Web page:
to be carried out and then a reading made from the graph based on the result of the calculation. In part (vi),
as in almost all questions requiring comment, something in context was required, not just a general textbook
statement. Here, for example, a candidate had to interpret the given information in order to write a comment
about it. Anything on the lines of older people preferred the garden centre or the ages of people at the
garden centre were more dispersed than those of people at the swimming pool was sufficient to score the
mark. In part (iii) there were a few instances of a table having been completed in a question paper, but then
not copied into an answer booklet.

Answers: (i)(a) 27 28, (b) 20 21, (c) 38 39, (d) 13 14, (e) 52; (ii) 6; (iii) 10, 24, 37, 9; (iv)
10
3
; (v) 24.

Question 9

Almost all candidates scored in the range four to twelve marks for this question, marks lower than this range
being quite rare, and marks higher than it extremely so. The vast majority of even the weaker candidates
were able to demonstrate that they knew the area is proportional to frequency property of a histogram, to
give the correct mid-values of the five groups, and to indicate a correct method for calculating the mean.
Hardly any of even the best candidates gave a scale on the vertical axis of the histogram which matched the
requirement of the question (e.g. number of employees per centimetre, or per \$1000), or gave a comment
noticeable number of answers to part (vii). The question asked which statistical measure of the average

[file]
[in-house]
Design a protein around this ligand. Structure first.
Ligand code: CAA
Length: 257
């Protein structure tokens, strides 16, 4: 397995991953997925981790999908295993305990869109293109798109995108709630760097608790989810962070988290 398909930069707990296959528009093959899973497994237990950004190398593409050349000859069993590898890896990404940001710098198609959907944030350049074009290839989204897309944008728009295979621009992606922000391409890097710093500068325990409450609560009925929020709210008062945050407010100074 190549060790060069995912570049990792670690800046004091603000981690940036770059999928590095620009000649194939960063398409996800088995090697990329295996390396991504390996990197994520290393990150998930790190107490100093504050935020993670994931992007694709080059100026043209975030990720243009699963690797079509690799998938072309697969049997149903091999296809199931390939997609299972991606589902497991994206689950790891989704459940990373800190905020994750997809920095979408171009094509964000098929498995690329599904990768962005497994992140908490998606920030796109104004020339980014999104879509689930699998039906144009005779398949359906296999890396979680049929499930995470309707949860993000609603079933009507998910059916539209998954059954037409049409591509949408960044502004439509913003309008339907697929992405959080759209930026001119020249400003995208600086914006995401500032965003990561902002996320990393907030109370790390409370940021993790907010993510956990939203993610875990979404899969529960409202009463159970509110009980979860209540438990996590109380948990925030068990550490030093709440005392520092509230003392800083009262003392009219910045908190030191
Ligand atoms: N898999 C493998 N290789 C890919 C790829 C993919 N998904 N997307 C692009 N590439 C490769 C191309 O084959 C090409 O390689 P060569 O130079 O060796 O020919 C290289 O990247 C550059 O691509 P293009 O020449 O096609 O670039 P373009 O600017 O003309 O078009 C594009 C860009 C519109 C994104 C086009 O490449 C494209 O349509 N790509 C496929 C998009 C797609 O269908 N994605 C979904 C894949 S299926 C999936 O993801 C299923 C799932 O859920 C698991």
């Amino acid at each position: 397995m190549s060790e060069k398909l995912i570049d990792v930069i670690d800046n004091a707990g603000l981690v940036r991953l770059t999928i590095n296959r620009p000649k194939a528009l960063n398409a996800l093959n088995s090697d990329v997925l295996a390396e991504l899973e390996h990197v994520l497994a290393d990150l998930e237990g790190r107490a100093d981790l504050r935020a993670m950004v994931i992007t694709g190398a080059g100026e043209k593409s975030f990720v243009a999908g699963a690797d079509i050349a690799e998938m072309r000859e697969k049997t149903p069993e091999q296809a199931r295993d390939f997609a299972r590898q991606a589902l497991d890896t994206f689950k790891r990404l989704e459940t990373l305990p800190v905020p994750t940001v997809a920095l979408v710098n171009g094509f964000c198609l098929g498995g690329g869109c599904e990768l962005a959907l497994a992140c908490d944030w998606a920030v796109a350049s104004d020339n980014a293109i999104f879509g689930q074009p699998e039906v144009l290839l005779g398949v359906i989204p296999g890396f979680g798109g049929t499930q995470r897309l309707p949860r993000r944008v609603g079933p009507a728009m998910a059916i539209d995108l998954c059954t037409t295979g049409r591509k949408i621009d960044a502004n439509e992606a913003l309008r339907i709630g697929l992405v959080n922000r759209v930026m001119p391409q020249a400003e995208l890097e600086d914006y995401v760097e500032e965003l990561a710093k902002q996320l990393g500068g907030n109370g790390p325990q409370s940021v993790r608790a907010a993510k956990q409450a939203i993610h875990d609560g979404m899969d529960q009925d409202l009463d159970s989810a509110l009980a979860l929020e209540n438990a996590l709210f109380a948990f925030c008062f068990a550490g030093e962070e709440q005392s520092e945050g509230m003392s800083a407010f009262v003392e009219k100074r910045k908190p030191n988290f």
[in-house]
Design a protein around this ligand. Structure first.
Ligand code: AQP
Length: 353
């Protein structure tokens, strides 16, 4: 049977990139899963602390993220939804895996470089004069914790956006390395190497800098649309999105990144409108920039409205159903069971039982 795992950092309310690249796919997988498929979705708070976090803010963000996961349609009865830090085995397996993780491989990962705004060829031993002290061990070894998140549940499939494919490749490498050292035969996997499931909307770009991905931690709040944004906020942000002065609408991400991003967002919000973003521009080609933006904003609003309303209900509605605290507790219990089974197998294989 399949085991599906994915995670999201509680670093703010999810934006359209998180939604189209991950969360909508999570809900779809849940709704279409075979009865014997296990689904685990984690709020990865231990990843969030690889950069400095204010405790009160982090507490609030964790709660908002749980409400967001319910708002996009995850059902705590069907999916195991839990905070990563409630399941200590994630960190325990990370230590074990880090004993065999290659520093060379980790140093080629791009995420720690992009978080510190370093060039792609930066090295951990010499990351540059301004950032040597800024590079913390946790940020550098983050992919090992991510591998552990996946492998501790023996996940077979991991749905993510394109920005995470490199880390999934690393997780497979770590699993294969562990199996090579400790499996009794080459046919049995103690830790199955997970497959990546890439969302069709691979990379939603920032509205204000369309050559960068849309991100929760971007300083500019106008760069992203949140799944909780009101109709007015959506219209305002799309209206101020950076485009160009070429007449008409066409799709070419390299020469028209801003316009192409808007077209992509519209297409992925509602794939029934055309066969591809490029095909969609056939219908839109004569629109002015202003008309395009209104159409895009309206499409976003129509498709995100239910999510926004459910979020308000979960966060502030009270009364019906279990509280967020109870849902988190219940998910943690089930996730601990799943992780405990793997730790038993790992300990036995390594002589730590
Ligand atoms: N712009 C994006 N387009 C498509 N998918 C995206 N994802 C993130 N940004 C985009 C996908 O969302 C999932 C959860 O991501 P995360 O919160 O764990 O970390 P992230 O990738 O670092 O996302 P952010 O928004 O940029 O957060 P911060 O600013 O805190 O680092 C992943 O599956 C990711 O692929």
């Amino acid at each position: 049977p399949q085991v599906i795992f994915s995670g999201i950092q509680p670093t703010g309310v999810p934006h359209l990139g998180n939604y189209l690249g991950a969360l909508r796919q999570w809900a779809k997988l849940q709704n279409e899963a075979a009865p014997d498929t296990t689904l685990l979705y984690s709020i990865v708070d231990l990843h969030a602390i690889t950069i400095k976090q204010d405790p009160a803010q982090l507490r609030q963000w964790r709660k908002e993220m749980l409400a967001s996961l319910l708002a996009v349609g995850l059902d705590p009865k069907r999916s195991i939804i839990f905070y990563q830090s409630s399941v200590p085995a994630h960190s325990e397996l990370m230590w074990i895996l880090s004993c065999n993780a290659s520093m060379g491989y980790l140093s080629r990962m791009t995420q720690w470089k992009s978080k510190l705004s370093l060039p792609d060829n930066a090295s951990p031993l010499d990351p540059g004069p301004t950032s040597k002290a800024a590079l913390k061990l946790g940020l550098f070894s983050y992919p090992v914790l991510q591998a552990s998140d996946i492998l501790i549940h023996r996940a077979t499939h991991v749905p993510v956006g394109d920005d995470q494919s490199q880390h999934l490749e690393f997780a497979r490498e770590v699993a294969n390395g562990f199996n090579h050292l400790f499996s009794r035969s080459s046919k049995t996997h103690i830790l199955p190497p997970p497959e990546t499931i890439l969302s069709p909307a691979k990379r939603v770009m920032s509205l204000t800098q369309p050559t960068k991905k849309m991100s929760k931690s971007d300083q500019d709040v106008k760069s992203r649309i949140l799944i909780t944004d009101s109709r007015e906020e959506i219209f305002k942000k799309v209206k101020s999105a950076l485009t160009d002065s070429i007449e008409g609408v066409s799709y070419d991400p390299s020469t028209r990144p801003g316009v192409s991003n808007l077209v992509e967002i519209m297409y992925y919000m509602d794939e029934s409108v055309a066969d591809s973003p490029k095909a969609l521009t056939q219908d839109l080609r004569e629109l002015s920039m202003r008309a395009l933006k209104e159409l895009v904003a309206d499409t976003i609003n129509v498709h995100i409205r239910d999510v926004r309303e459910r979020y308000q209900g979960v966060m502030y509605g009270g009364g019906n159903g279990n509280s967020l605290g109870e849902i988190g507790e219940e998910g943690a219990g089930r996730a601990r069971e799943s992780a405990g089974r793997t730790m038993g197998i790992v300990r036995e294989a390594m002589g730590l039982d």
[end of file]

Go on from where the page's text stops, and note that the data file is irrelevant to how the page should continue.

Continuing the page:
salary would you use?. An answer was being looked for based on a comparison of the three measures of
irrelevant, but did at least relate to different measures of average, the mean, median or mode. Some
candidates, however, chose the standard deviation, being apparently totally unaware that it is not a measure
of average. The numbers involved in the calculation parts of this question were quite large, and it was
therefore disappointing to see only a small handful of candidates opting to use an assumed mean and/or
scale factor in their calculations. Finally, once again, some candidates, having worked through their
calculations for the mean and standard deviation perfectly correctly, then lost a mark in part (v) and/or
part (vi) through not giving their final answer to the requested level of accuracy.

Answers: (i) \$17 000; (iii) \$20 000 z \$22 000 class; (iv) \$12 500, \$16 000, \$18 500, \$21 000, \$22 500;
(v) \$17 050; (vi) \$3450.

Question 10